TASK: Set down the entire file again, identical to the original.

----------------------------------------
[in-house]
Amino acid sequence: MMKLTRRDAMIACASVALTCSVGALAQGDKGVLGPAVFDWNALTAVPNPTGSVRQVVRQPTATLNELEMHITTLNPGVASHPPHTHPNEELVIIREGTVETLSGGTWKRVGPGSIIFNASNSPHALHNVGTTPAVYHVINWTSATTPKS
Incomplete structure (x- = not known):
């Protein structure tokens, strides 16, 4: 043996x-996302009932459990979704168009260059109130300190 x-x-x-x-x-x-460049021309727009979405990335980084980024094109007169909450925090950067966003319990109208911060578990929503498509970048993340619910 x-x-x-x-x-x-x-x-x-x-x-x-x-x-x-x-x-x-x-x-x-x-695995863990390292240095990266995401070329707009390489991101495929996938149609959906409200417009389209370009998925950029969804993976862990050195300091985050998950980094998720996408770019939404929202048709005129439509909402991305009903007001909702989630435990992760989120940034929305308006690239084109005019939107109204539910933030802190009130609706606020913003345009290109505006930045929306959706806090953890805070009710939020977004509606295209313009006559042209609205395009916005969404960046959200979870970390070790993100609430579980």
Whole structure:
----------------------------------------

[in-house]
Amino acid sequence: MMKLTRRDAMIACASVALTCSVGALAQGDKGVLGPAVFDWNALTAVPNPTGSVRQVVRQPTATLNELEMHITTLNPGVASHPPHTHPNEELVIIREGTVETLSGGTWKRVGPGSIIFNASNSPHALHNVGTTPAVYHVINWTSATTPKS
Incomplete structure (x- = not known):
């Protein structure tokens, strides 16, 4: 043996x-996302009932459990979704168009260059109130300190 x-x-x-x-x-x-460049021309727009979405990335980084980024094109007169909450925090950067966003319990109208911060578990929503498509970048993340619910 x-x-x-x-x-x-x-x-x-x-x-x-x-x-x-x-x-x-x-x-x-x-695995863990390292240095990266995401070329707009390489991101495929996938149609959906409200417009389209370009998925950029969804993976862990050195300091985050998950980094998720996408770019939404929202048709005129439509909402991305009903007001909702989630435990992760989120940034929305308006690239084109005019939107109204539910933030802190009130609706606020913003345009290109505006930045929306959706806090953890805070009710939020977004509606295209313009006559042209609205395009916005969404960046959200979870970390070790993100609430579980």
Whole structure: